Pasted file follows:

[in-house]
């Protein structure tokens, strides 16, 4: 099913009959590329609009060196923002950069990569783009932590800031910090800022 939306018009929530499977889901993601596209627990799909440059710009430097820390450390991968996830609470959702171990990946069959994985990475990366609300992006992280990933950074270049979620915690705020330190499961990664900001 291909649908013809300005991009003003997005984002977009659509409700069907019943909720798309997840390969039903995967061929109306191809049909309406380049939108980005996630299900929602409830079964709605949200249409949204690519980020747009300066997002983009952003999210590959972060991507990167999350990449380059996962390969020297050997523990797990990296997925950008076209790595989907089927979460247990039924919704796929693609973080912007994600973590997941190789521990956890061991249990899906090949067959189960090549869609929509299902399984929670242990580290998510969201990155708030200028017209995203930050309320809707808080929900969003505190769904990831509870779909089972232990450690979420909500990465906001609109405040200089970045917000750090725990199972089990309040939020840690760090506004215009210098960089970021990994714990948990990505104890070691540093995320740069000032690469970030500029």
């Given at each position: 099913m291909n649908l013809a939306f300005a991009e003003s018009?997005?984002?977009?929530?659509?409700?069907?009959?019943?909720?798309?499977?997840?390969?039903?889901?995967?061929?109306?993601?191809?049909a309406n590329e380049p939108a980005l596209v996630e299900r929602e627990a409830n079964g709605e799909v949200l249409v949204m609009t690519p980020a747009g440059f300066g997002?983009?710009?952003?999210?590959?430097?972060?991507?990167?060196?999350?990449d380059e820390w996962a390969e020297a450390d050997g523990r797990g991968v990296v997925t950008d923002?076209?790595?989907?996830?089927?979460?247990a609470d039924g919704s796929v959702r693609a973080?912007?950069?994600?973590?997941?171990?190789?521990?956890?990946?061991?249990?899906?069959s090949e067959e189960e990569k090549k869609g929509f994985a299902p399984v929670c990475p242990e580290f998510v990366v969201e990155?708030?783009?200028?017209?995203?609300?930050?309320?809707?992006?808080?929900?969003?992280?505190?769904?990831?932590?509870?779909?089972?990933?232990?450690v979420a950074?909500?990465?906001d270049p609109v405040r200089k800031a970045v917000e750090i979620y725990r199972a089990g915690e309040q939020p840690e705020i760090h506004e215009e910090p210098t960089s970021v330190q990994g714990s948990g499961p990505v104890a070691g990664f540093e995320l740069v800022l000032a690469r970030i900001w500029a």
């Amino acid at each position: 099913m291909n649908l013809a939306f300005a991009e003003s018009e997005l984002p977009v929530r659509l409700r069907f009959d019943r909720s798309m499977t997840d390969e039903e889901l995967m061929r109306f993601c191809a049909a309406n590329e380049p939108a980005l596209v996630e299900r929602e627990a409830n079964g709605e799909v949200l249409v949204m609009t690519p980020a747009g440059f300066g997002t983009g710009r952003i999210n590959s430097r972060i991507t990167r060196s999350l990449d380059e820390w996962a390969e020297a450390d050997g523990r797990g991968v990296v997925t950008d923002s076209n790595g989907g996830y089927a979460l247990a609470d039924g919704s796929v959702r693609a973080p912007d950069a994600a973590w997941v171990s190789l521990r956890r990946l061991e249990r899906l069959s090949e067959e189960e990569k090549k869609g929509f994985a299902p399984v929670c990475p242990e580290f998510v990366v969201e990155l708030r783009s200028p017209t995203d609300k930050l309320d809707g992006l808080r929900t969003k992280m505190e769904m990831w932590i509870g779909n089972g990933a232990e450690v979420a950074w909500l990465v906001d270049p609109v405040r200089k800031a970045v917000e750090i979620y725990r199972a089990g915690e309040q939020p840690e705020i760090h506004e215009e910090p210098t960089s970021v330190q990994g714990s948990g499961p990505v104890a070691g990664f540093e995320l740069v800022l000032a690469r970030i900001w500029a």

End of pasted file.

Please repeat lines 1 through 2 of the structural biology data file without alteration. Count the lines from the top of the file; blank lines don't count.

[in-house]
């Protein structure tokens, strides 16, 4: 099913009959590329609009060196923002950069990569783009932590800031910090800022 939306018009929530499977889901993601596209627990799909440059710009430097820390450390991968996830609470959702171990990946069959994985990475990366609300992006992280990933950074270049979620915690705020330190499961990664900001 291909649908013809300005991009003003997005984002977009659509409700069907019943909720798309997840390969039903995967061929109306191809049909309406380049939108980005996630299900929602409830079964709605949200249409949204690519980020747009300066997002983009952003999210590959972060991507990167999350990449380059996962390969020297050997523990797990990296997925950008076209790595989907089927979460247990039924919704796929693609973080912007994600973590997941190789521990956890061991249990899906090949067959189960090549869609929509299902399984929670242990580290998510969201990155708030200028017209995203930050309320809707808080929900969003505190769904990831509870779909089972232990450690979420909500990465906001609109405040200089970045917000750090725990199972089990309040939020840690760090506004215009210098960089970021990994714990948990990505104890070691540093995320740069000032690469970030500029």